Another DX7 needing keyboard work, this one the second version, the DX7 iiD. Unlike the original DX7, which is elegantly designed for servicing with a hinged panel, the DX7 iiD features a nightmarishly large array of different sizes of screws and bolts, and you have to take dozens of them out to work on it, and take all the boards out through the bottom of the synth. The bottom of it actually has a warning: “CAUTION: DO NOT REMOVE THESE SCREWS.” If only.
Work done: Replaced 10+ keys and key springs, adjusted key tabs to level out velocity sensitivity, replaced patch memory battery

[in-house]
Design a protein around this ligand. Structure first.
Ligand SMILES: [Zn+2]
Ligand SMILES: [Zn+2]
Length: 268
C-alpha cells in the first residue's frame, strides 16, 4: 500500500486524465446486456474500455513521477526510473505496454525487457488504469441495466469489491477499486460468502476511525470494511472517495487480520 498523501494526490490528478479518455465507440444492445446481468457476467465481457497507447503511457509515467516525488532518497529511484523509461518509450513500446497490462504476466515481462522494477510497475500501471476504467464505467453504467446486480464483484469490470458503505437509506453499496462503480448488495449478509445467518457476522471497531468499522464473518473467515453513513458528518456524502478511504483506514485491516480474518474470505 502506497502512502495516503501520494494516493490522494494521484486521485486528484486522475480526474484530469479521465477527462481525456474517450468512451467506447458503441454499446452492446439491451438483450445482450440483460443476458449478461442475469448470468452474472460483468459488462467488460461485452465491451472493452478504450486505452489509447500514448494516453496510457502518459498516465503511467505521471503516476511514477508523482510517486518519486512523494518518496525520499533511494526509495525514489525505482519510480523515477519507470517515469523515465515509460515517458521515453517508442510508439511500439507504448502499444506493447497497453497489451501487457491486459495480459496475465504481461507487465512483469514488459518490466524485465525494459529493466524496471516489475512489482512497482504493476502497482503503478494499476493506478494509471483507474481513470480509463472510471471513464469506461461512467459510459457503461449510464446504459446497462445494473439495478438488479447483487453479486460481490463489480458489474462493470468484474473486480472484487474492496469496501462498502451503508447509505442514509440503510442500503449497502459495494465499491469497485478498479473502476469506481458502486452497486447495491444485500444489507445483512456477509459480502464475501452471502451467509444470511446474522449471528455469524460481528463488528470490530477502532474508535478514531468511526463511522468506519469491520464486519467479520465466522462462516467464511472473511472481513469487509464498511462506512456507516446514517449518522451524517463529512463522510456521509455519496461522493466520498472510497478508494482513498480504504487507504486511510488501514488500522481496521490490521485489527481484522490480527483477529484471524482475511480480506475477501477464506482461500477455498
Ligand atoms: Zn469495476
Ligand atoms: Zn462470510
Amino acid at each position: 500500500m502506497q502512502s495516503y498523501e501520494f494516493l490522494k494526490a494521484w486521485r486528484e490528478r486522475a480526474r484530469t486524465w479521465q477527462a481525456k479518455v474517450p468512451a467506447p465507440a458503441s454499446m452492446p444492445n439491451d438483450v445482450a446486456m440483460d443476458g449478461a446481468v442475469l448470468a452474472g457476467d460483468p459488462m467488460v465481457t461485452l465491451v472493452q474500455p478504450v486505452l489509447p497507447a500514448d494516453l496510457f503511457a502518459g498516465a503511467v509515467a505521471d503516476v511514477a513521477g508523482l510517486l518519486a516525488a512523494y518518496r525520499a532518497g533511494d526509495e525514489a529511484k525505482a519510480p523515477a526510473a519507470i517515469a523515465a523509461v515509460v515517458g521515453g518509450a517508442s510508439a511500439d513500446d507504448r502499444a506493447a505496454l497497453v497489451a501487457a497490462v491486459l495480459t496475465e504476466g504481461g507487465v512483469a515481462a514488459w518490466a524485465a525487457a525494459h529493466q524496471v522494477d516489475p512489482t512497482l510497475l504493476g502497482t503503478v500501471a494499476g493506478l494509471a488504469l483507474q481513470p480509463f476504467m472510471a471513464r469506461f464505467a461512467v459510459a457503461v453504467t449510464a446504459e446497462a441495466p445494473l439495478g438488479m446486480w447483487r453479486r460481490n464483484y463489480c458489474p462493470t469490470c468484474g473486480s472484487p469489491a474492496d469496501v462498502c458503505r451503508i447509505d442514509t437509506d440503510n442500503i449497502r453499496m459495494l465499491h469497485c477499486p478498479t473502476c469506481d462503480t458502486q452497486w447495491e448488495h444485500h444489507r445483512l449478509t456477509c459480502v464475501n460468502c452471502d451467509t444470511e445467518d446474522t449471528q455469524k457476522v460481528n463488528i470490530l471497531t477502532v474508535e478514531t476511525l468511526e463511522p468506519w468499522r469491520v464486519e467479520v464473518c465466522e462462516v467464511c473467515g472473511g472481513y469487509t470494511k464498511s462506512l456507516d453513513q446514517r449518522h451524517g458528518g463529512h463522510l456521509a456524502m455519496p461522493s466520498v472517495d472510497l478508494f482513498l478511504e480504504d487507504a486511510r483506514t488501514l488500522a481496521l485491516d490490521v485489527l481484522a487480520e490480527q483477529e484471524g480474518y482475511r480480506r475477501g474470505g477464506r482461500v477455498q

Notes on the DX7 keyboard: The DX7 keyboard uses long metal strips instead of springs and has three contact tabs under each key. The top tab (closest to the underside of the key) turns the note OFF, the middle tab is the one that the key’s movement directly pushes and the lowest tab is the one that detects the velocity. If the tabs for a key are positioned so that the middle tab is not making contact with the OFF tab when the key is not being pressed, it won’t sound the note when it is hit. If they are positioned so that the middle tab does not hit the lowest tab when the key is hit, the note will sound but there will be no velocity sensitivity. You have to get the lowest tab at the right distance and angle with respect to the middle tabs to make the velocity response even.